I know I’m supposed to be leaning-in and pulling up a seat the table and bursting through the glass ceiling and blah, blah, blah, but I was over my career.  OVER IT.

I didn’t want to spend my time traveling all the over the place, working insane hours, while someone else raised my kid, all for the privilege of helping to stuff the already bulky pockets of the executives and shareholders of corporate America.

I decided I didn’t want to pull up a seat their table.  I decided to build my own table.  I’m sorry if this isn’t the choice I was supposed to make.

Actually, no.  I’m not sorry.

7.  Participate in the Elf on the Shelf

Before my son was born, I considered the tradition to be an unnecessarily stressful addition to parenting and the holiday season.

Actually, I think I was just really jealous that I hadn’t thought of that bajillion-dollar idea myself.

After my son was born, I jumped right onto the Elf on the Shelf bandwagon and I’m not getting off anytime soon.

Quite frankly, I participate in the tradition for one person and one person only….and that person is me.

My childhood had all the magic of life at Spahn Ranch with the Manson family, so it makes me feel good to sprinkle my son’s youth with wonderment.

Also, that little Sprite gives me a whole month off from parenting….and I’m not going to lie, I can use the break….especially during the holiday season.

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8.  Formula Feed

To be clear, it never crossed my mind to judge another mother for the way she chose to feed her kid.  If it hadn’t been for Hamburger Helper, Chef-Boyardee and Tang, I might not have survived my own infancy.

So, fed is best, as far as I’m concerned.

But I had a lot of guilt about being diagnosed with cancer while I was pregnant and so I felt like if I couldn’t breastfeed, I would essentially be a worse mother than Susan Smith.

Mom guilt.  Am I right?

I wanted to breastfeed, but I couldn’t.

To make a long story short, my son was born premature, I had to finish chemotherapy and it wasn’t safe for my son to breastfeed while I was pumped full of R-CHOP.

I tried to “pump and dump,” but my body was all, “F-You.  I’m not cooperating.” 

Since starvation is, in fact, the worst of all options, I decided that what was best for my son, was formula.  And what was best for me, was to stop torturing myself.

PS….to that lady from the online La Leche support group I reached out to for advice on stimulating my milk supply, the lady who told me I should really consider stopping cancer treatment because, Breast is Best!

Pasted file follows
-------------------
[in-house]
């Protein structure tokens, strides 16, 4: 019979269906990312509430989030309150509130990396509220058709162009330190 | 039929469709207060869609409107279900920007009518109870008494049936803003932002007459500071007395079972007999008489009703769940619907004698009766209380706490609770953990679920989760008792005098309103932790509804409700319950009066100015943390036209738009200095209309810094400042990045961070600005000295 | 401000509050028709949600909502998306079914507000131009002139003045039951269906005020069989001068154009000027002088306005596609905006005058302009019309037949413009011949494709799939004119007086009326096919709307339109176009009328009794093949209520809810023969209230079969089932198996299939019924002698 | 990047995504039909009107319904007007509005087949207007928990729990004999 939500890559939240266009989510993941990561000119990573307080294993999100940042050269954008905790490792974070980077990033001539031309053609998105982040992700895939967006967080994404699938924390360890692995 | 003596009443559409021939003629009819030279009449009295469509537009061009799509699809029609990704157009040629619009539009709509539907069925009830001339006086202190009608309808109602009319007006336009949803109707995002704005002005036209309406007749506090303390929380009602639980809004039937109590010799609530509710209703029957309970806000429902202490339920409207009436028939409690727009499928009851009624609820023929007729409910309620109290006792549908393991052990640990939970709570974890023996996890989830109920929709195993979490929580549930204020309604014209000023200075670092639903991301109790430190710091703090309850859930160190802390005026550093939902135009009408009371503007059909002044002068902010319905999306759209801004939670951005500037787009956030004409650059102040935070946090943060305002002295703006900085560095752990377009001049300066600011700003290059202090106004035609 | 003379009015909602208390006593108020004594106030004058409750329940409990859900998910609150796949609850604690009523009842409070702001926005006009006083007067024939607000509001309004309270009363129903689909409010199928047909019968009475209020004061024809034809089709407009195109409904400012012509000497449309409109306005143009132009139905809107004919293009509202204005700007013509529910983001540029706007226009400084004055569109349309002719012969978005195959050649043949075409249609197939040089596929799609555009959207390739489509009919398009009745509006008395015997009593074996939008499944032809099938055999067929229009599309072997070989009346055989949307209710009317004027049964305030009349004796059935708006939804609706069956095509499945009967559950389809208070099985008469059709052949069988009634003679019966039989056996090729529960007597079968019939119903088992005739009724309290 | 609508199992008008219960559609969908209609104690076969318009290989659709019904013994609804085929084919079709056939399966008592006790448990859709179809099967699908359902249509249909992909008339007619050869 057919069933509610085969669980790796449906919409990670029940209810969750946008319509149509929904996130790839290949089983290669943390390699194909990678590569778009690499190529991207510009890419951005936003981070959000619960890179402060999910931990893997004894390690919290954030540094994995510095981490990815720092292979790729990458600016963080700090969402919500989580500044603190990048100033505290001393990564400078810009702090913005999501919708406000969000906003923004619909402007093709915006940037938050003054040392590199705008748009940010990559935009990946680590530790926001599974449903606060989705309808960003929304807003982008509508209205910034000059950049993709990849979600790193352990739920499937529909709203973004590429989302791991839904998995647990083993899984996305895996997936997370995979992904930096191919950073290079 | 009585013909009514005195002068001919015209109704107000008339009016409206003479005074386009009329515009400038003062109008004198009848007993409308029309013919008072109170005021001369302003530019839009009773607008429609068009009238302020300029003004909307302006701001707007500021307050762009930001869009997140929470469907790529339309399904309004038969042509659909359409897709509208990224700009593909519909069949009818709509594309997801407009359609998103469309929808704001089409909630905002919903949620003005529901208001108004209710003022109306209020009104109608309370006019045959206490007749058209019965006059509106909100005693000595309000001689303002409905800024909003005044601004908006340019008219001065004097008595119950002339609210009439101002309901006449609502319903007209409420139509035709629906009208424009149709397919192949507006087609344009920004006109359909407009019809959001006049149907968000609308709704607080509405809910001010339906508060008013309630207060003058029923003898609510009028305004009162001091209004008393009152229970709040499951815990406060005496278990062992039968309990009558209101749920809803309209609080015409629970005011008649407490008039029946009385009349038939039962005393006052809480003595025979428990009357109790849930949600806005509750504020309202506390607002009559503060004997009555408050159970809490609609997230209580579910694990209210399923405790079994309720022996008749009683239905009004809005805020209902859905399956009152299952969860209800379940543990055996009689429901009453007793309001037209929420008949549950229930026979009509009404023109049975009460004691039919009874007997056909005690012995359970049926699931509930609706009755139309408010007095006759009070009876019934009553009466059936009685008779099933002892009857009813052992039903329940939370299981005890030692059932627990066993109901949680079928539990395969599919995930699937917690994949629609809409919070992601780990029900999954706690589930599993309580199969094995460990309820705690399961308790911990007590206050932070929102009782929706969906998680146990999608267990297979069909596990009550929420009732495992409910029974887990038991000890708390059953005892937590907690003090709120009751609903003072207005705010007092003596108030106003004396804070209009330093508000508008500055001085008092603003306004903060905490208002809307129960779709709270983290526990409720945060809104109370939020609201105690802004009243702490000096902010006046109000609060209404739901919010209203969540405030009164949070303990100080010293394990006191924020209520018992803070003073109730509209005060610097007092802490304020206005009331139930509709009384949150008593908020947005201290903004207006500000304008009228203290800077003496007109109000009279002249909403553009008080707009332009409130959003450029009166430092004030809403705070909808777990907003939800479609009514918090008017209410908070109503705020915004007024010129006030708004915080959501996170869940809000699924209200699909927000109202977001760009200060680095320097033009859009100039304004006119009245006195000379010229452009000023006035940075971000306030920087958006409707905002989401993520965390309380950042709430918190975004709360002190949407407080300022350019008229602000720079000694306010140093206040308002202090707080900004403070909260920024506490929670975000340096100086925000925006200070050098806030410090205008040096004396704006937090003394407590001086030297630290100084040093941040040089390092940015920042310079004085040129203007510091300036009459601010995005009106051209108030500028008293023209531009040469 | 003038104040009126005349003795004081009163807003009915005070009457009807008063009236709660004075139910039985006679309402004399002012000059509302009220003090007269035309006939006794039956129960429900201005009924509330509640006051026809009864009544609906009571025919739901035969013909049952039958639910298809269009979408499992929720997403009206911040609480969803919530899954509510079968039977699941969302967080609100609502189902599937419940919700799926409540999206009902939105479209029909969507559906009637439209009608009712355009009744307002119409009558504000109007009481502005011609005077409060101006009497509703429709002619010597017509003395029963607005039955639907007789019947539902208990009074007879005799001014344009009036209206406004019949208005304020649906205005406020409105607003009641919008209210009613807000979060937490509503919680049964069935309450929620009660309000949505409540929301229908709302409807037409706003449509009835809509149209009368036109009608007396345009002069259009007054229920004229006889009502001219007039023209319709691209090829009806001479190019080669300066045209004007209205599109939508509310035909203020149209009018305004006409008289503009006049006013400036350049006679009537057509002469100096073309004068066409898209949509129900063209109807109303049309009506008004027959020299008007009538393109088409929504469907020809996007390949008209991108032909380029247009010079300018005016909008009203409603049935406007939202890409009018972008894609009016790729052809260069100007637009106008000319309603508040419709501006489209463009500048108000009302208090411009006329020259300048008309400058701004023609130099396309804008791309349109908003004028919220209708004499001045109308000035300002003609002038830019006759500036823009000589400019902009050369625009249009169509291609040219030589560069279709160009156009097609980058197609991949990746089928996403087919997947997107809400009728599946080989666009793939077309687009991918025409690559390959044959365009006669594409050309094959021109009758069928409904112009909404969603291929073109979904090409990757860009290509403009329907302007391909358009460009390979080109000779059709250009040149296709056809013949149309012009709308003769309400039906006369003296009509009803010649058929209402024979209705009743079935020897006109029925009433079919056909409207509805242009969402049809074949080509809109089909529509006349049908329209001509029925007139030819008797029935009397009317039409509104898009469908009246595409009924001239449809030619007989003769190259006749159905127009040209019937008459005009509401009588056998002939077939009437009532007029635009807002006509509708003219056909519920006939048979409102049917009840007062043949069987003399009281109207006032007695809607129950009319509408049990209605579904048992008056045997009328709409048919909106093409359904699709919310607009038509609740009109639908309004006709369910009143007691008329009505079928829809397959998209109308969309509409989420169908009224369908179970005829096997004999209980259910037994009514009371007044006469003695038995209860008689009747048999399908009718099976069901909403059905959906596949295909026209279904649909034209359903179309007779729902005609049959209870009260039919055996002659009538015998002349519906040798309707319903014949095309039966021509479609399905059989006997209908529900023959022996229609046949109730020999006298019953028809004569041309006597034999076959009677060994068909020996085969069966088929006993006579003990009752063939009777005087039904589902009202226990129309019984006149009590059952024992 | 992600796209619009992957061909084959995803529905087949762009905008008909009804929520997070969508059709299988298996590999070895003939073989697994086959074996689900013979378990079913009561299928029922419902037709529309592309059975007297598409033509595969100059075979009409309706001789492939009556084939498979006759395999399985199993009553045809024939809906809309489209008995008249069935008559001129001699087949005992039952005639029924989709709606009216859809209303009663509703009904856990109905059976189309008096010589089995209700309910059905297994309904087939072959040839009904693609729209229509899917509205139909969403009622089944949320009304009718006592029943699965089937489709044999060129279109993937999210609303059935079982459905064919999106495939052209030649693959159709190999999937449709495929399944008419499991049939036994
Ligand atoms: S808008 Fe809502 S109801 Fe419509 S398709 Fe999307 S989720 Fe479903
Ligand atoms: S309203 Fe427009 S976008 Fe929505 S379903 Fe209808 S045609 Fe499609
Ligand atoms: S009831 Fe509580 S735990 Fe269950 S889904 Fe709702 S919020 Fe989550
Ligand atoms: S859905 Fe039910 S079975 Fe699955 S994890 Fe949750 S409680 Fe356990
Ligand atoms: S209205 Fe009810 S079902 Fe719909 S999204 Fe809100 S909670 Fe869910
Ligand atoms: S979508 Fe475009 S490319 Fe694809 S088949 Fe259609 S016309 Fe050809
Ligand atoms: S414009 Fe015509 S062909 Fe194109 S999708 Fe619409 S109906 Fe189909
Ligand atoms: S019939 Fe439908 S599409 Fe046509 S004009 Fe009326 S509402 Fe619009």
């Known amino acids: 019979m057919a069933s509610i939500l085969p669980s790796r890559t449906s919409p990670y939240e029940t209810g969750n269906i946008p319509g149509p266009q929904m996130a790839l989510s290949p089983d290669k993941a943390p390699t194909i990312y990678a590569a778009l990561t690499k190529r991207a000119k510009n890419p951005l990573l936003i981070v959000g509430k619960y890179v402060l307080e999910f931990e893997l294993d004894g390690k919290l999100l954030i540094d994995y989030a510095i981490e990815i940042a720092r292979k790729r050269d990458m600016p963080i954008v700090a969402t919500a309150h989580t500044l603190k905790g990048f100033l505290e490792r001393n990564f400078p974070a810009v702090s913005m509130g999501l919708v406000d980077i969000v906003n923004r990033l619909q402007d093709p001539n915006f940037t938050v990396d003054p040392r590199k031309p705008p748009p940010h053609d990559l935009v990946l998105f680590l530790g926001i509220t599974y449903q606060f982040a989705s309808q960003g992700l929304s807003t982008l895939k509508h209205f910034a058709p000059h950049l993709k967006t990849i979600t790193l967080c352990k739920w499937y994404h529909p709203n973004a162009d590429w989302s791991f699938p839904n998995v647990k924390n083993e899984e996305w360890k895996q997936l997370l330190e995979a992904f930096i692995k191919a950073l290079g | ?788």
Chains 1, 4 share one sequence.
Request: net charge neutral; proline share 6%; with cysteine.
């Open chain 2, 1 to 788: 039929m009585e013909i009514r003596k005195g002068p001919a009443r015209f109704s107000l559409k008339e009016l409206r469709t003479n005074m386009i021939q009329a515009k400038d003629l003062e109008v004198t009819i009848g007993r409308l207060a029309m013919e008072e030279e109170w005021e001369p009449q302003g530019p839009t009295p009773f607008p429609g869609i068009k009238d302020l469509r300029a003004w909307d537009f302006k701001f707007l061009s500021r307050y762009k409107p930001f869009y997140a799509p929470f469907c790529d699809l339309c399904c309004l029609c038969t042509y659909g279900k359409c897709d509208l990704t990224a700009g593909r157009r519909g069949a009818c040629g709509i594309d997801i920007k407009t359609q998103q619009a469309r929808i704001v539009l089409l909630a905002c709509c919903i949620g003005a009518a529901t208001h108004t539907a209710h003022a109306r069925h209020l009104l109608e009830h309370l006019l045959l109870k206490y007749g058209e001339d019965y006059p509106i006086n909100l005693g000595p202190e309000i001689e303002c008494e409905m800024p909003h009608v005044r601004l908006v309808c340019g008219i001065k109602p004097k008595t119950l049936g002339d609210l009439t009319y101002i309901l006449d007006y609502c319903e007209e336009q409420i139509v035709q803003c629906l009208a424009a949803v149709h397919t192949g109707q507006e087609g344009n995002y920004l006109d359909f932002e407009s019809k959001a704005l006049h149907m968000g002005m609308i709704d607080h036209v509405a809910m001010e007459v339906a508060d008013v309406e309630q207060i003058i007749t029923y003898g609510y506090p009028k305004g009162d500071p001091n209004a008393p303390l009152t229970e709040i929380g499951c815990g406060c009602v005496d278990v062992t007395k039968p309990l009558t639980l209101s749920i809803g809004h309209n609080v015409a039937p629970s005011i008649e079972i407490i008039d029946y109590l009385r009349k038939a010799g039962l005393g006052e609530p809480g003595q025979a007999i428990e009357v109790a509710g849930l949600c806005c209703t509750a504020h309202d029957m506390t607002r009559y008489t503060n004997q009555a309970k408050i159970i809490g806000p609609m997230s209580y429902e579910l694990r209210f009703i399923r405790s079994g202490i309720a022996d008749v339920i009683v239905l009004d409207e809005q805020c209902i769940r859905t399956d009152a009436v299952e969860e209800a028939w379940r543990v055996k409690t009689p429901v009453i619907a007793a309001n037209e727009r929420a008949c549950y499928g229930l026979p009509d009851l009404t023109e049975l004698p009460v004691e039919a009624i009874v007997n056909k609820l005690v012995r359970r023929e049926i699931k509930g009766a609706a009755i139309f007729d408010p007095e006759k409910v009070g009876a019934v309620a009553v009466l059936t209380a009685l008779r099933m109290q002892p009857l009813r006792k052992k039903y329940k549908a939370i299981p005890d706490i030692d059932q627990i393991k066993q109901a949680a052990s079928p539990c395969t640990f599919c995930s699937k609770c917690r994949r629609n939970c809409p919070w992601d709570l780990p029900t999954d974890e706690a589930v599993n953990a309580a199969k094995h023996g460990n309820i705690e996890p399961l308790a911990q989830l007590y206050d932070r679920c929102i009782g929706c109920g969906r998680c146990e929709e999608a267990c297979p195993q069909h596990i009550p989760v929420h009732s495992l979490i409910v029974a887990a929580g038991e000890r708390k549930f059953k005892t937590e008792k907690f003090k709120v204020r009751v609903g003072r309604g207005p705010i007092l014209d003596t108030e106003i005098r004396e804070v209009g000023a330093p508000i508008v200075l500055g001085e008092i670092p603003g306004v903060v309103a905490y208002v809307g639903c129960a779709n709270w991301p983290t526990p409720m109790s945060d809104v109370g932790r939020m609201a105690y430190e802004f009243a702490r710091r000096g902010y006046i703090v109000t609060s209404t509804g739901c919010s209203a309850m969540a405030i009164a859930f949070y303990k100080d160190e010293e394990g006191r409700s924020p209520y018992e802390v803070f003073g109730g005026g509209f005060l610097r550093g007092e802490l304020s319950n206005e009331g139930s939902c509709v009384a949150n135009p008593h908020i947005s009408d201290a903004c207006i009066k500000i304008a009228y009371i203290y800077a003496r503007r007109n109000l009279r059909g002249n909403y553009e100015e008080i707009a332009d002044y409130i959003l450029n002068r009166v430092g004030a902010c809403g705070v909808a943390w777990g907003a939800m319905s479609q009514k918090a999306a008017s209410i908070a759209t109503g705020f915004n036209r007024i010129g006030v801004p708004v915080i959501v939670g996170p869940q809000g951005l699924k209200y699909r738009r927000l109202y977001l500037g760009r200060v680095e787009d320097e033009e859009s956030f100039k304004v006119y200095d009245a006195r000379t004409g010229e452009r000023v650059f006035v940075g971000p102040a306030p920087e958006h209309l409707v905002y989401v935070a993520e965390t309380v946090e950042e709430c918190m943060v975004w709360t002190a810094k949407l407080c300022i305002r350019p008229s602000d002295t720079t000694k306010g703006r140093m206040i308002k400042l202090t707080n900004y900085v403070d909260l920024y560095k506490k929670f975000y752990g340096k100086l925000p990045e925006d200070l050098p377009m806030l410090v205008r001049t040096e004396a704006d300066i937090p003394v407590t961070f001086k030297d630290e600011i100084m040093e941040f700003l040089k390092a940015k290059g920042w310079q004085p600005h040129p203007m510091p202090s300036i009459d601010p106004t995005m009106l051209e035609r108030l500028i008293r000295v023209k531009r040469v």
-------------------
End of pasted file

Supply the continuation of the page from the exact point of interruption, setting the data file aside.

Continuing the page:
I still know who you are.  My social media stalking skills are on point and oh honey….time has not been good to you.

 

9.  Subscribe to a parenting philosophy

Me, today:  I’m the I Don’t Give a F*ck Mom.

The IDGAF mom is the one who can’t even commit to the long term implications of a bumper sticker, let alone a parenting philosophy.

She’s the one who sometimes feels like she’s got her shit together and other times, get’s stuck in her sports bra.

The mom who roots for other mom’s, (except that bitch from the La Leche support group….I never let go of a valid grudge), because she knows that parenting isn’t actually a competition.

We’re all just doing the best we can to roll with the punches of parenting and life and in the end, we all want the same thing.  Nice kids who are healthy and happy and who go on to be productive and kind members of society.  That’s the only trophy we’re going to get.

10.  Allow my kid to throw a tantrum in public

I really thought I would have this one down.  I assumed that I was the adult, the one in charge.  I thought my firm, but loving approach to child rearing would be thing that would separate me from the mom with the toddler sprawled out and screaming on the floor at Target.

I thought that right up until the time my son was about three and I told him it was time to leave Chuck E. Cheese and he looked at me and said, “Over my dead body.”

Ok, so he didn’t actually say that, but trust me, his wails and feet stamping and fist pounding on the Skee Ball machine made it clear that I could suck it.

So, now I just like to tell myself that he’s strong willed and that strong willed children become adults who change the world.  I high five myself and hope that he’s at least a good dictator someday.

Then, I take another helping of humble pie with a side of crow, pull up my yoga pants and tell myself that, at the very least, I’m still way better than that La Leche lady.

 

The Gazelle….

“Running is fun!” ~Psychopaths

About three years ago, I joined a women’s only fitness studio and truly, it changed my life.  I have always enjoyed physical activity, but in the past, I had a habit of joining big gyms, for like five minutes.